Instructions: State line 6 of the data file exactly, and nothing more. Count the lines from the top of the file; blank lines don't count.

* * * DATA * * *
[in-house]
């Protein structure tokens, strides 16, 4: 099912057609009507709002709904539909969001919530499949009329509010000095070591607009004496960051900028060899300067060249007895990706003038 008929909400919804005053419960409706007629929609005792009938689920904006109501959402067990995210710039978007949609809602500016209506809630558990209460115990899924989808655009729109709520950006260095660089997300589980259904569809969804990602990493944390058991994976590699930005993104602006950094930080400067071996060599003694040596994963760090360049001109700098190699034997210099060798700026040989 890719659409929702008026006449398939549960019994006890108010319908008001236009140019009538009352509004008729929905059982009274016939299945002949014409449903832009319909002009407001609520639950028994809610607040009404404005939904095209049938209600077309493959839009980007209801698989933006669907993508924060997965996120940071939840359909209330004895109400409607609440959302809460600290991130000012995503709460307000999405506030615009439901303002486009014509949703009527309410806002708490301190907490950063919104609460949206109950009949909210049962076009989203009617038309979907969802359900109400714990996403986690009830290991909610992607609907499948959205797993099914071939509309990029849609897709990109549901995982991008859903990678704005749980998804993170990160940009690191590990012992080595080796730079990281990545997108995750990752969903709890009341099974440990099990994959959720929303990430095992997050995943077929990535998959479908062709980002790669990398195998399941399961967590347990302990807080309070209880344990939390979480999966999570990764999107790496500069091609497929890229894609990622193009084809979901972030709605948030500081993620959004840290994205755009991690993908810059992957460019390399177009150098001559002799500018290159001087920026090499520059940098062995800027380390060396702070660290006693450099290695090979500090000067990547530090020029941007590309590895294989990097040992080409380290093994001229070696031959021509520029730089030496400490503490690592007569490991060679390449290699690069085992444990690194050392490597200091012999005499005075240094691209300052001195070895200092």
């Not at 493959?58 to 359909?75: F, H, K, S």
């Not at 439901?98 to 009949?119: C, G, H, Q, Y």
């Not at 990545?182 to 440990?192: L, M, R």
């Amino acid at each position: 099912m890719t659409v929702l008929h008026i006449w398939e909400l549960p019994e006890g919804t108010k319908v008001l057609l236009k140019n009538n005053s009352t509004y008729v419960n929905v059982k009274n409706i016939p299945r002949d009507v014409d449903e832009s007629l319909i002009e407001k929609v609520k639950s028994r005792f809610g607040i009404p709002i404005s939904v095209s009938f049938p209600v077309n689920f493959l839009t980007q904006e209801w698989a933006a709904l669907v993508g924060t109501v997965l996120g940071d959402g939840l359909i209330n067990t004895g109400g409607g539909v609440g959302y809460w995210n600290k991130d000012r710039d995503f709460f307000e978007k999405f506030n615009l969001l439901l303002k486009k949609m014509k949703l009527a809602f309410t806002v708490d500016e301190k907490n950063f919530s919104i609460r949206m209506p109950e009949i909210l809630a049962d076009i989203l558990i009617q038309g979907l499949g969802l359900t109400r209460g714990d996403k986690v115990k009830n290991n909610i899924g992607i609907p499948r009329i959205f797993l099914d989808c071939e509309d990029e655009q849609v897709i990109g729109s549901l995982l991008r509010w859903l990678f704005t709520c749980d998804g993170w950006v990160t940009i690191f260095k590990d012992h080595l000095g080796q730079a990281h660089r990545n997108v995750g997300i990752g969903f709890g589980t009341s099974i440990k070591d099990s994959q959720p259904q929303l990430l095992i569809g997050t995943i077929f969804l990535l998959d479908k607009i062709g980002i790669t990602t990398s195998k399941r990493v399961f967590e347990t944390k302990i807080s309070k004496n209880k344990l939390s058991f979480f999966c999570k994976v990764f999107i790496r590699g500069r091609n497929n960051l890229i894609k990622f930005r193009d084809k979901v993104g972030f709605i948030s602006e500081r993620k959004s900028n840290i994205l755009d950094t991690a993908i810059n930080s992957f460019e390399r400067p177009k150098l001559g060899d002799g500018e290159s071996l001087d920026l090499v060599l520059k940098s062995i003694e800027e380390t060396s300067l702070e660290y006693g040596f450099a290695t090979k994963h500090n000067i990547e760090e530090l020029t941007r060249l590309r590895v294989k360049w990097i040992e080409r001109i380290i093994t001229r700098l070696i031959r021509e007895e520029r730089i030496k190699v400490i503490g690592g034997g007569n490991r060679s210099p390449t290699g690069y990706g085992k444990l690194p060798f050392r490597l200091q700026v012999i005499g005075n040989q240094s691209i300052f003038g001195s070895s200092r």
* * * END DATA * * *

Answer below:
């Amino acid at each position: 099912m890719t659409v929702l008929h008026i006449w398939e909400l549960p019994e006890g919804t108010k319908v008001l057609l236009k140019n009538n005053s009352t509004y008729v419960n929905v059982k009274n409706i016939p299945r002949d009507v014409d449903e832009s007629l319909i002009e407001k929609v609520k639950s028994r005792f809610g607040i009404p709002i404005s939904v095209s009938f049938p209600v077309n689920f493959l839009t980007q904006e209801w698989a933006a709904l669907v993508g924060t109501v997965l996120g940071d959402g939840l359909i209330n067990t004895g109400g409607g539909v609440g959302y809460w995210n600290k991130d000012r710039d995503f709460f307000e978007k999405f506030n615009l969001l439901l303002k486009k949609m014509k949703l009527a809602f309410t806002v708490d500016e301190k907490n950063f919530s919104i609460r949206m209506p109950e009949i909210l809630a049962d076009i989203l558990i009617q038309g979907l499949g969802l359900t109400r209460g714990d996403k986690v115990k009830n290991n909610i899924g992607i609907p499948r009329i959205f797993l099914d989808c071939e509309d990029e655009q849609v897709i990109g729109s549901l995982l991008r509010w859903l990678f704005t709520c749980d998804g993170w950006v990160t940009i690191f260095k590990d012992h080595l000095g080796q730079a990281h660089r990545n997108v995750g997300i990752g969903f709890g589980t009341s099974i440990k070591d099990s994959q959720p259904q929303l990430l095992i569809g997050t995943i077929f969804l990535l998959d479908k607009i062709g980002i790669t990602t990398s195998k399941r990493v399961f967590e347990t944390k302990i807080s309070k004496n209880k344990l939390s058991f979480f999966c999570k994976v990764f999107i790496r590699g500069r091609n497929n960051l890229i894609k990622f930005r193009d084809k979901v993104g972030f709605i948030s602006e500081r993620k959004s900028n840290i994205l755009d950094t991690a993908i810059n930080s992957f460019e390399r400067p177009k150098l001559g060899d002799g500018e290159s071996l001087d920026l090499v060599l520059k940098s062995i003694e800027e380390t060396s300067l702070e660290y006693g040596f450099a290695t090979k994963h500090n000067i990547e760090e530090l020029t941007r060249l590309r590895v294989k360049w990097i040992e080409r001109i380290i093994t001229r700098l070696i031959r021509e007895e520029r730089i030496k190699v400490i503490g690592g034997g007569n490991r060679s210099p390449t290699g690069y990706g085992k444990l690194p060798f050392r490597l200091q700026v012999i005499g005075n040989q240094s691209i300052f003038g001195s070895s200092r």